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  3. Yay for a new roof and a tentative completion date, not to mention plant shopping ahead...

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    1. I brought home exactly nothing that was on my plant shopping list, Loree - but 7 plants I couldn't pass up and now have to find places for...

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  4. Kris, you did a LOT of work and it DOES show. So glad your roof is done and work is progressing. Try mentholated chest rub on the fire ant bites - it works well for me.

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    1. I've got the mentholated rub on my shopping list, as well as the ant killer corn grits Eliza suggested, Barbara. My husband wants to see if we can isolate the ants' nests and spray but I'd like to avoid toxic substances.

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  5. Wow, that's a significant effort on your part, Kris. Looks great! It always feels good to see the progress we make in taming our gardens. ;)
    Frost did the taming for me last night. The annuals are done, sadly. Another frost tonight will further their demise. The perennials can take a bit of frost, but they are getting the message that it is time to go to sleep. I can't bear to think about how long it will be before it all grows again. Too long!
    Glad you are coming down the home stretch on the renovation. Not much longer. :)

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    1. I'm sorry you have such a lengthy down time with your garden, Eliza. While a short break in the gardening year has some appeal for me, I'd be climbing the walls after a month. I think you need another trip to sunny Southern California!

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    2. My garden currently looks like a junkyard (literally) but you're be welcome to visit any time.

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  6. Both you and your contractor have been productive! Looking good on both counts--hopefully your contractor is as meticulous as you are.

    Fire Ants--are worrisome--any remedy?

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    1. The fire ants seem to be confined to the back slope but I haven't isolated their nest, HB - my best guess is that it may be within the ivy creeping across the boundary line. Eliza said her sister, whose dealt with the ants in Florida, suggested corn grits as a way of killing the ants naturally. Benadryl extra-strength gel works pretty well to control the itch if applied a couple of times a day. I'm going to try Barbara's suggestion to address the itching too.

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  7. Your new roof looks great! I detest fire ants. We had them in South Carolina and they're assholes. Looks like you had a busy day of fabulous garden 'work' as opposed to the breezy stuff. I have that on tap for tomorrow. Have a great rest of your weekend!

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    1. I hope your work in the garden is smooth and satisfying, Tammy. I also hope we'll see an update on your garden some day soon.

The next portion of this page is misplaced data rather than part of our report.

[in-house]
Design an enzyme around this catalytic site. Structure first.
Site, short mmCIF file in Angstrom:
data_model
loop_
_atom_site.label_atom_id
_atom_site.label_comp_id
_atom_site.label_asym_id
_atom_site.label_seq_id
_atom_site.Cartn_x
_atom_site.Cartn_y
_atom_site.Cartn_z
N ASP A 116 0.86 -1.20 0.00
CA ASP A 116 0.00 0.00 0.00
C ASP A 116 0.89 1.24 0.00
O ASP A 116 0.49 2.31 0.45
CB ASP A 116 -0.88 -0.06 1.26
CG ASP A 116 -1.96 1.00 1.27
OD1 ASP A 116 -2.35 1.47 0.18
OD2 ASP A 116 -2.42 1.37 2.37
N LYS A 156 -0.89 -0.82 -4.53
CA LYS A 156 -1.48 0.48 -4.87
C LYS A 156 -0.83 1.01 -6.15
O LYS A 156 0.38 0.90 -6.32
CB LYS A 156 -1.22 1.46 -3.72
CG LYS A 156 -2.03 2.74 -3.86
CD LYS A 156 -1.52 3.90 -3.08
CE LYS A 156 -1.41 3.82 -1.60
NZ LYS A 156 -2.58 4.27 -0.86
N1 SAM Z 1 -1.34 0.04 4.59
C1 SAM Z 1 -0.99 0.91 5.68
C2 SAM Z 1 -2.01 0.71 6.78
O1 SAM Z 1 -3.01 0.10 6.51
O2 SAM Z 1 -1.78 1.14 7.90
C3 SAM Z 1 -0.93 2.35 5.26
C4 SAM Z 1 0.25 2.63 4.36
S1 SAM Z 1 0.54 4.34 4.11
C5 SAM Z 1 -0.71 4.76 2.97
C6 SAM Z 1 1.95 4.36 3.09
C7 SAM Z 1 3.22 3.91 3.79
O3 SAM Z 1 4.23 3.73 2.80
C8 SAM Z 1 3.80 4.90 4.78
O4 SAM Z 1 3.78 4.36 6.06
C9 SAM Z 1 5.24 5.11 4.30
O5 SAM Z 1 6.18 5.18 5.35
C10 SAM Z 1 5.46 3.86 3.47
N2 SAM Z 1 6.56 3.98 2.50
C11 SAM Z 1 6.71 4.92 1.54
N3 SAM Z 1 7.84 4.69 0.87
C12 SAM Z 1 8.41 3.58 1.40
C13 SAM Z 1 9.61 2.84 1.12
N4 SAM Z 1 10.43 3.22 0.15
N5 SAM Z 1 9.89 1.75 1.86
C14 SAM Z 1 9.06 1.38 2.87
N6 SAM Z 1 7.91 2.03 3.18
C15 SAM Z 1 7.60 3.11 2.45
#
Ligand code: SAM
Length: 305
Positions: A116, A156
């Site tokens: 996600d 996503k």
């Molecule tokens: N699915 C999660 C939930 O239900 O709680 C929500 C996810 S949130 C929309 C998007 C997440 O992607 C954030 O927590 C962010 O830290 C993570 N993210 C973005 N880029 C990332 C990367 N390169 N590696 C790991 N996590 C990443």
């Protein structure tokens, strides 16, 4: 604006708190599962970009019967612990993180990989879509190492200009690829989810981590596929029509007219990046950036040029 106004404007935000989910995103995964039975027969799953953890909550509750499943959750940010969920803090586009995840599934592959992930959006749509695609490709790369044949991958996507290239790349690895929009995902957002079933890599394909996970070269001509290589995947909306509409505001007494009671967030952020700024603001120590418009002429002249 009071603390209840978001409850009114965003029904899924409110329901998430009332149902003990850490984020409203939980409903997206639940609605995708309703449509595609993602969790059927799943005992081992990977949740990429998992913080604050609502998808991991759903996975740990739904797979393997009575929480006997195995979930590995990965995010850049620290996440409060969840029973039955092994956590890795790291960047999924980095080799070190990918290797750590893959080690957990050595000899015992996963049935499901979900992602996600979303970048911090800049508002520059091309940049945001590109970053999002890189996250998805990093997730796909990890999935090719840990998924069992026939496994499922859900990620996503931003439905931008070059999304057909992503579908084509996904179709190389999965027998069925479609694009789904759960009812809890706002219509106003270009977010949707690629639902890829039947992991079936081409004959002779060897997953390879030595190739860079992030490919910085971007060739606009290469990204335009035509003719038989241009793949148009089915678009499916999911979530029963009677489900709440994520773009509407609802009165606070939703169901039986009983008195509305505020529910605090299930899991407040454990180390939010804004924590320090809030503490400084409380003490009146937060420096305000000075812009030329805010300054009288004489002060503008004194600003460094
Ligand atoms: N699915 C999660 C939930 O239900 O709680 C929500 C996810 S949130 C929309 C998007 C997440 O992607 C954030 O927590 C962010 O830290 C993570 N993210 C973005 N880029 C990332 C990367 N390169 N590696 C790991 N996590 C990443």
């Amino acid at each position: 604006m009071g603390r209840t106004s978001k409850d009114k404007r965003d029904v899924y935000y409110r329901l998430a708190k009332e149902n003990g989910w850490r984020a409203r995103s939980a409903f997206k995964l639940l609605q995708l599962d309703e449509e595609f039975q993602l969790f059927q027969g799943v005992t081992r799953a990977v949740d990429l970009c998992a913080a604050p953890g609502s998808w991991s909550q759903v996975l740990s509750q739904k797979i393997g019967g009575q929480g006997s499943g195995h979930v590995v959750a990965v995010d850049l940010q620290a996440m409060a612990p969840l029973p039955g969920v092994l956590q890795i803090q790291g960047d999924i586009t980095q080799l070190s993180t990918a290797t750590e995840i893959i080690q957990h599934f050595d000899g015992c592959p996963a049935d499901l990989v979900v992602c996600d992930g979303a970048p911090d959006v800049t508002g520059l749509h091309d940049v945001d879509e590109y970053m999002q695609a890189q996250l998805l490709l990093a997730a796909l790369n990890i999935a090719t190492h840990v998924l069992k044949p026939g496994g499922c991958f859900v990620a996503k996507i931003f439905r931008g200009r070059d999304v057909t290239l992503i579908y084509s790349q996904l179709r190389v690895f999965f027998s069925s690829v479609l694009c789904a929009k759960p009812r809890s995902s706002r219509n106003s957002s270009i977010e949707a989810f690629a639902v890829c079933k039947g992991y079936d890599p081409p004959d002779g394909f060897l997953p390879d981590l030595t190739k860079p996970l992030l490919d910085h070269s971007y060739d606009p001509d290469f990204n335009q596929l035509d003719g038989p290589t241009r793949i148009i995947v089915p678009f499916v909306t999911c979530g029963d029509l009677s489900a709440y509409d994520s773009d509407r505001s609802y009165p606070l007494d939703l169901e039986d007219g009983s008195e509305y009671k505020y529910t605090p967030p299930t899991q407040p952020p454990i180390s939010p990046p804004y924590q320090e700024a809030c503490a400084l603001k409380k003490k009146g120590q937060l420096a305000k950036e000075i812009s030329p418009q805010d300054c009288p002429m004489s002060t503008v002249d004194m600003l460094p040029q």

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    2. You will! I've just started working on a big project that I started last fall. I'm hoping to be done by the end of the month. :o)

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  8. Isn't it amazing what rain can do? Make things grow like crazy then the heat of summer fries the new growth. We had a lot of leaf drop due to all of those leaves that grew on trees and shrubs when it rained like crazy here the beginning of the year.
    All of your clean up projects look good. It is cooling here finally. I can't wait to get out there. We have been busy this weekend so this week I hope to get some things done outside.
    Your new roof looks nice and smooth. I bet you can't wait to get that project finished. Good luck with your Thankgsgiving target finish.

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    1. Heavy rain has become so unusual here that the explosion of growth (and weeds) surprised me, Lisa. I'm glad to hear that you're finally getting a break from the heat. I was amazed by the news reports of temperatures in the 90s hitting the south and the east. Heat like that in October is common here but we've been lucky to dodge it thus far.

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  9. Kris, You're making me feel pretty unproductive; I've been making some progress on my three cords of firewood, but at a snail's pace. The garden season is just about over here, with two frosts this week. Soon, I will need to get serious about taking down plant supports and bringing the birdbath, rain barrel, hoses, and breakable containers into the basement for the winter. Glad to hear that your remodeling project is moving along and that the end may be in sight.

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    1. Your seasonal shift suggests a whole different dynamic, Jean. Fall here is generally the busiest and most production period of the year, as opposed to a period of winding down the garden for the balance of the year. I'd love a little downtime, although not for a period of 4+ months! Right now, working around the construction crew is making things even more difficult.

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  10. One reno project down, one to go...you are in the home stretch :) You have done so much work in the garden already (I too am in clean-up mode) - that walkway area looks fantastic! I can sympathize with you on the steep upper area of the slope - I more or less feel that way about our hilltop area. I have made progress, but it is slow going - it's a two steps forward, one step back sort of thing.

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    1. Oh, there's more than one major project left but I'm taking them one at a time, Margaret!